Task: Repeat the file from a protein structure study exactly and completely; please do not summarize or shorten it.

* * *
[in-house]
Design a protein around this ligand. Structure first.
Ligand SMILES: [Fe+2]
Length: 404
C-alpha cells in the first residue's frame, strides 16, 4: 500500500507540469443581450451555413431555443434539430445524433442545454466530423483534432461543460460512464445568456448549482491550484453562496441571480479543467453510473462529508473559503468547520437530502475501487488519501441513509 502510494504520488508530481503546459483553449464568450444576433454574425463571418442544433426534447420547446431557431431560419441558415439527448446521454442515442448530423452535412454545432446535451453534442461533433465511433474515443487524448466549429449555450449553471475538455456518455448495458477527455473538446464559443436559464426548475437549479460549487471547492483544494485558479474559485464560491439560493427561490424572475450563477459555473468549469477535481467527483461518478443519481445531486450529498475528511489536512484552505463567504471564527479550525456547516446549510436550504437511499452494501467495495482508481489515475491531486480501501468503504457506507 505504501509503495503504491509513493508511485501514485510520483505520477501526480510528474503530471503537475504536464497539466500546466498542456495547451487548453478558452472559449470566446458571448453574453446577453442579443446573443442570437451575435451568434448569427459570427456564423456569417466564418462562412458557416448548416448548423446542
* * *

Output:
[in-house]
Design a protein around this ligand. Structure first.
Ligand SMILES: [Fe+2]
Length: 404
C-alpha cells in the first residue's frame, strides 16, 4: 500500500507540469443581450451555413431555443434539430445524433442545454466530423483534432461543460460512464445568456448549482491550484453562496441571480479543467453510473462529508473559503468547520437530502475501487488519501441513509 502510494504520488508530481503546459483553449464568450444576433454574425463571418442544433426534447420547446431557431431560419441558415439527448446521454442515442448530423452535412454545432446535451453534442461533433465511433474515443487524448466549429449555450449553471475538455456518455448495458477527455473538446464559443436559464426548475437549479460549487471547492483544494485558479474559485464560491439560493427561490424572475450563477459555473468549469477535481467527483461518478443519481445531486450529498475528511489536512484552505463567504471564527479550525456547516446549510436550504437511499452494501467495495482508481489515475491531486480501501468503504457506507 505504501509503495503504491509513493508511485501514485510520483505520477501526480510528474503530471503537475504536464497539466500546466498542456495547451487548453478558452472559449470566446458571448453574453446577453442579443446573443442570437451575435451568434448569427459570427456564423456569417466564418462562412458557416448548416448548423446542